While the Afghanistan and Iraq wars have cost the United States over $1 trillion, 5,000 deaths, and 30,000 maimings, there is yet another painful cost that is rarely discussed by the American public.
Post-traumatic stress disorder (PTSD) is plaguing both active and retired members of the Armed Forces. Multiple, repeated deployments to intense war theaters are taking a serious psychological toll on soldiers (and their families), and the statistical trend continues to worsen.
Just last week, I received a thoughtful email from Chad Cavanaugh, a veteran of the US Army Infantry, who served as a Sentinel at the Tomb of the Unknown Soldier. Mr. Cavanaugh, who was kind enough to allow me to use his name, wrote that he wanted to see a decompression program for retiring soldiers, a sort of psychological “basic training” to enable them to make the difficult transition to civilian life.
In addition, he believes that psychologically compromised veterans who have committed crimes should be placed in rehabilitation centers, instead of wasting away in federal prisons where they will never receive the treatment they so desperately need and deserve.
He pointed to the unfortunate story of California Marine, Nathan Damigo, whose PTSD almost certainly contributed to his criminal actions which sent him to prison recently. While not excusing Mr. Damigo’s gun-related crime, Cavanaugh believed his psychological ailments had served as a catalyst for the breakdown.
The following statistics* appear to justify Mr. Cavanaugh’s grave concerns over the debilitating effects of PTSD in a battle-weary military:
“More than 2 million men and women have been deployed to serve in both conflicts, and more than 40 percent of them have served at least two tours, according to military records…Nearly 300,000 troops have served three, four or more times. And, records show, more than half of those currently at war are at least on their second tour…”
“…the number of Iraq and Afghanistan veterans who are being treated as PTSD patients by the VA has increased from 134,000 in June last year to 143,530 reported in January this year…”
“…the number of Iraq and Afghanistan veterans’ claims against the VA that were approved for PTSD claims increased from 59,000 in June last year to 67,052 reported in November…”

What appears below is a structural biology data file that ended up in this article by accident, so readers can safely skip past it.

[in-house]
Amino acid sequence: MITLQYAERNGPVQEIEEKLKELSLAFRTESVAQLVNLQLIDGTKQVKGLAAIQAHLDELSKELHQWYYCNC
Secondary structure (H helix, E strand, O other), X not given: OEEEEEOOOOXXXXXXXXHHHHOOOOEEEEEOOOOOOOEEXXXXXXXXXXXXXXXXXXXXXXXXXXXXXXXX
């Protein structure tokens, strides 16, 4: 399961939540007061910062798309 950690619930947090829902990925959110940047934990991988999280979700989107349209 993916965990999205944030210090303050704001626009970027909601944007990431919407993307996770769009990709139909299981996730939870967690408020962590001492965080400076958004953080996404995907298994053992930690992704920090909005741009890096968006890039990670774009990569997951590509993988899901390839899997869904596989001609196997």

“VCS has estimated that the country may see a total of one million patients from the two wars at a total price tag of $1 trillion and rising.”
“A 2009 report of Army troops in Afghanistan found that the rate of psychological problems rose significantly with the number of deployments: 31 percent for three tours, more than double the rate of those with just one. In Iraq, the survey found that nearly 15 percent of Army troops who served two tours suffered from depression, anxiety or traumatic stress, more than double that of a single tour. When it came to PTSD alone, the rate was 2.5 times higher for two deployments compared with one.”
“Psychiatrists estimate that one in three US soldiers who served in Iraq or Afghanistan may develop Post Traumatic Stress Disorder (PTSD).”
“A study by the RAND Corporation revealed that 20% of veterans from Iraq and Afghanistan will suffer from PTSD or severe depression; sadly, only about 50% of these veterans will get the treatment they need.”
These grim statistics reveal the damaging psychological toll of open-ended, overseas wars. But, they don’t even reveal the full extent of the damage.
Many of these soldiers succumb to alcoholism, drug addiction, crime, and domestic violence when they return home to civilian life. Suicide rates (which I will cover in my next installment) are at record highs.
And while the VA is receiving more funding, and the Pentagon and scientific community are working hard to develop better neurological and psychiatric treatment methods, the reality is that the rising number of patients is overwhelming the system.
In the best case scenario, more advanced and more effective scientific methodology will continue to be developed to treat the physical and psychiatric symptoms of PTSD, maybe even to predict it in certain individual profiles, but the root cause of the problem will remain.
As long as our troops are repeatedly deployed to dangerous, high-intensity, open-ended wars in foreign nations, conditions will always be ripe for a persistent and pervasive PTSD dilemma.